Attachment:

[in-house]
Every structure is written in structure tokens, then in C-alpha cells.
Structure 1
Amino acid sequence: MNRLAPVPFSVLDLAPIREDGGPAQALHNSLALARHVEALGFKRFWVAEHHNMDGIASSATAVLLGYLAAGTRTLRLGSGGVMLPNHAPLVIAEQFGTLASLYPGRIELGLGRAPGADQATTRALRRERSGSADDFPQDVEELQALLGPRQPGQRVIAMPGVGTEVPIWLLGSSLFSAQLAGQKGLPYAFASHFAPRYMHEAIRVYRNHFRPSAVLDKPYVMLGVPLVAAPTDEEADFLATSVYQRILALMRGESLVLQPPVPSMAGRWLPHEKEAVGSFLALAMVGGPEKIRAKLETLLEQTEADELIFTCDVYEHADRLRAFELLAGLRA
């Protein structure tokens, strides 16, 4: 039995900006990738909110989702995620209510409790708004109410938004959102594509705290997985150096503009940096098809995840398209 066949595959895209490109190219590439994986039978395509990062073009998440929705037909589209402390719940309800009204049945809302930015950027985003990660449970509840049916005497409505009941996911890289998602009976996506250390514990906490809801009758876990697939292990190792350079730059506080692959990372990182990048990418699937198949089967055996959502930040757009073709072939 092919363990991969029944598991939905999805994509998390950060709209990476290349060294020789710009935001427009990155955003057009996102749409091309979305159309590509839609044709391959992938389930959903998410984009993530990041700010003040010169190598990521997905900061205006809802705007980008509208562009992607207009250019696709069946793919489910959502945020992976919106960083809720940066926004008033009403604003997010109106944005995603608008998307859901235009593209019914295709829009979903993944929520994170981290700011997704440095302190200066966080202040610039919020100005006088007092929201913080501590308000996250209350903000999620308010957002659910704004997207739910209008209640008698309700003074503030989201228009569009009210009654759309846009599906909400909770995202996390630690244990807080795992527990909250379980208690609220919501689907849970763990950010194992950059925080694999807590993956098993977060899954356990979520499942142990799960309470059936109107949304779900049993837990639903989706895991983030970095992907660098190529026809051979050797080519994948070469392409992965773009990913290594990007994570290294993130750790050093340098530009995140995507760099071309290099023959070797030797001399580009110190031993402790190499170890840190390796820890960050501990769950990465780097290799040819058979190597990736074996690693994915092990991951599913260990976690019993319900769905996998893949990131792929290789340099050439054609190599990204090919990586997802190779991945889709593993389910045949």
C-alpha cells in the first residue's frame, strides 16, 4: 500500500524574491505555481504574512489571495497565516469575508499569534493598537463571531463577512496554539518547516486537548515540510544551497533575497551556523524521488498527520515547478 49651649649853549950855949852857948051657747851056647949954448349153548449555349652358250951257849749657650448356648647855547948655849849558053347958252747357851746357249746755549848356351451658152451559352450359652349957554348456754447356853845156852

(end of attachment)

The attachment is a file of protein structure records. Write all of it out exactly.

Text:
[in-house]
Every structure is written in structure tokens, then in C-alpha cells.
Structure 1
Amino acid sequence: MNRLAPVPFSVLDLAPIREDGGPAQALHNSLALARHVEALGFKRFWVAEHHNMDGIASSATAVLLGYLAAGTRTLRLGSGGVMLPNHAPLVIAEQFGTLASLYPGRIELGLGRAPGADQATTRALRRERSGSADDFPQDVEELQALLGPRQPGQRVIAMPGVGTEVPIWLLGSSLFSAQLAGQKGLPYAFASHFAPRYMHEAIRVYRNHFRPSAVLDKPYVMLGVPLVAAPTDEEADFLATSVYQRILALMRGESLVLQPPVPSMAGRWLPHEKEAVGSFLALAMVGGPEKIRAKLETLLEQTEADELIFTCDVYEHADRLRAFELLAGLRA
């Protein structure tokens, strides 16, 4: 039995900006990738909110989702995620209510409790708004109410938004959102594509705290997985150096503009940096098809995840398209 066949595959895209490109190219590439994986039978395509990062073009998440929705037909589209402390719940309800009204049945809302930015950027985003990660449970509840049916005497409505009941996911890289998602009976996506250390514990906490809801009758876990697939292990190792350079730059506080692959990372990182990048990418699937198949089967055996959502930040757009073709072939 092919363990991969029944598991939905999805994509998390950060709209990476290349060294020789710009935001427009990155955003057009996102749409091309979305159309590509839609044709391959992938389930959903998410984009993530990041700010003040010169190598990521997905900061205006809802705007980008509208562009992607207009250019696709069946793919489910959502945020992976919106960083809720940066926004008033009403604003997010109106944005995603608008998307859901235009593209019914295709829009979903993944929520994170981290700011997704440095302190200066966080202040610039919020100005006088007092929201913080501590308000996250209350903000999620308010957002659910704004997207739910209008209640008698309700003074503030989201228009569009009210009654759309846009599906909400909770995202996390630690244990807080795992527990909250379980208690609220919501689907849970763990950010194992950059925080694999807590993956098993977060899954356990979520499942142990799960309470059936109107949304779900049993837990639903989706895991983030970095992907660098190529026809051979050797080519994948070469392409992965773009990913290594990007994570290294993130750790050093340098530009995140995507760099071309290099023959070797030797001399580009110190031993402790190499170890840190390796820890960050501990769950990465780097290799040819058979190597990736074996690693994915092990991951599913260990976690019993319900769905996998893949990131792929290789340099050439054609190599990204090919990586997802190779991945889709593993389910045949």
C-alpha cells in the first residue's frame, strides 16, 4: 500500500524574491505555481504574512489571495497565516469575508499569534493598537463571531463577512496554539518547516486537548515540510544551497533575497551556523524521488498527520515547478 49651649649853549950855949852857948051657747851056647949954448349153548449555349652358250951257849749657650448356648647855547948655849849558053347958252747357851746357249746755549848356351451658152451559352450359652349957554348456754447356853845156852